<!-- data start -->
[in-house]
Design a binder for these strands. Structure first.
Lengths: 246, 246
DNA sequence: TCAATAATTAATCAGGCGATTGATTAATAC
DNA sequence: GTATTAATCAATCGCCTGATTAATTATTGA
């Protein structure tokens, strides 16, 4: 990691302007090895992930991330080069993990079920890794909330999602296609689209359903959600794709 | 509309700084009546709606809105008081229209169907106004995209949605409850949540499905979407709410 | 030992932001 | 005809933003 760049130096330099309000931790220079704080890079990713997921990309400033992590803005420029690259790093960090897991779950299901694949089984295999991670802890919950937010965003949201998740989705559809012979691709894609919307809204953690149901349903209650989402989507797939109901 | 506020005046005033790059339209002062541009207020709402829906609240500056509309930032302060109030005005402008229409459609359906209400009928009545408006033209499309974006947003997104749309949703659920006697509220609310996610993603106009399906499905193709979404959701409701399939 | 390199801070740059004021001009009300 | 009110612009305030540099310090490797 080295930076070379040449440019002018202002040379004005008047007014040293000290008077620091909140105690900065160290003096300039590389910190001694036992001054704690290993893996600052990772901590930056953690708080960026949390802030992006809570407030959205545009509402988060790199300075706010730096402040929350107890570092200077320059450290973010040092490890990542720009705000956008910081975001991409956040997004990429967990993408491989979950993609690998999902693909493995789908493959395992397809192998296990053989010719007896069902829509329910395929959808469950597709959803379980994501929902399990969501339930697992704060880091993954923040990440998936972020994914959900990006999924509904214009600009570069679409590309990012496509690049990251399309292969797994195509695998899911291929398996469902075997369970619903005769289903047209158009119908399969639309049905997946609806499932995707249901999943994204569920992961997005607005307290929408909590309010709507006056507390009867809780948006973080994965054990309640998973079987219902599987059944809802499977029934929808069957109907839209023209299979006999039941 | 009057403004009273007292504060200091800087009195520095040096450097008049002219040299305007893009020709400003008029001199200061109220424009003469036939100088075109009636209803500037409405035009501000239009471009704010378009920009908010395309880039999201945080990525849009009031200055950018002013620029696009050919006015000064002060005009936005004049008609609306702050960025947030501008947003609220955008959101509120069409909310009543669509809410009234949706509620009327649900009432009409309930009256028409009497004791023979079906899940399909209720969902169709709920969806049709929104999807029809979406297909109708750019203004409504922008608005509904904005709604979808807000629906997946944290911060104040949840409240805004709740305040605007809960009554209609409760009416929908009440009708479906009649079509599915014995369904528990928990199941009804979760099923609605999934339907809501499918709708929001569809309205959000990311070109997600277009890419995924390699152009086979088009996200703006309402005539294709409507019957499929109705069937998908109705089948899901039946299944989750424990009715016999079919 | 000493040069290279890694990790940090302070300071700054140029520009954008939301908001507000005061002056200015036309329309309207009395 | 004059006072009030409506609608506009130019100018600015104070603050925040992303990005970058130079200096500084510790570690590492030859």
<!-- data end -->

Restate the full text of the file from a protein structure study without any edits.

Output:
[in-house]
Design a binder for these strands. Structure first.
Lengths: 246, 246
DNA sequence: TCAATAATTAATCAGGCGATTGATTAATAC
DNA sequence: GTATTAATCAATCGCCTGATTAATTATTGA
């Protein structure tokens, strides 16, 4: 990691302007090895992930991330080069993990079920890794909330999602296609689209359903959600794709 | 509309700084009546709606809105008081229209169907106004995209949605409850949540499905979407709410 | 030992932001 | 005809933003 760049130096330099309000931790220079704080890079990713997921990309400033992590803005420029690259790093960090897991779950299901694949089984295999991670802890919950937010965003949201998740989705559809012979691709894609919307809204953690149901349903209650989402989507797939109901 | 506020005046005033790059339209002062541009207020709402829906609240500056509309930032302060109030005005402008229409459609359906209400009928009545408006033209499309974006947003997104749309949703659920006697509220609310996610993603106009399906499905193709979404959701409701399939 | 390199801070740059004021001009009300 | 009110612009305030540099310090490797 080295930076070379040449440019002018202002040379004005008047007014040293000290008077620091909140105690900065160290003096300039590389910190001694036992001054704690290993893996600052990772901590930056953690708080960026949390802030992006809570407030959205545009509402988060790199300075706010730096402040929350107890570092200077320059450290973010040092490890990542720009705000956008910081975001991409956040997004990429967990993408491989979950993609690998999902693909493995789908493959395992397809192998296990053989010719007896069902829509329910395929959808469950597709959803379980994501929902399990969501339930697992704060880091993954923040990440998936972020994914959900990006999924509904214009600009570069679409590309990012496509690049990251399309292969797994195509695998899911291929398996469902075997369970619903005769289903047209158009119908399969639309049905997946609806499932995707249901999943994204569920992961997005607005307290929408909590309010709507006056507390009867809780948006973080994965054990309640998973079987219902599987059944809802499977029934929808069957109907839209023209299979006999039941 | 009057403004009273007292504060200091800087009195520095040096450097008049002219040299305007893009020709400003008029001199200061109220424009003469036939100088075109009636209803500037409405035009501000239009471009704010378009920009908010395309880039999201945080990525849009009031200055950018002013620029696009050919006015000064002060005009936005004049008609609306702050960025947030501008947003609220955008959101509120069409909310009543669509809410009234949706509620009327649900009432009409309930009256028409009497004791023979079906899940399909209720969902169709709920969806049709929104999807029809979406297909109708750019203004409504922008608005509904904005709604979808807000629906997946944290911060104040949840409240805004709740305040605007809960009554209609409760009416929908009440009708479906009649079509599915014995369904528990928990199941009804979760099923609605999934339907809501499918709708929001569809309205959000990311070109997600277009890419995924390699152009086979088009996200703006309402005539294709409507019957499929109705069937998908109705089948899901039946299944989750424990009715016999079919 | 000493040069290279890694990790940090302070300071700054140029520009954008939301908001507000005061002056200015036309329309309207009395 | 004059006072009030409506609608506009130019100018600015104070603050925040992303990005970058130079200096500084510790570690590492030859």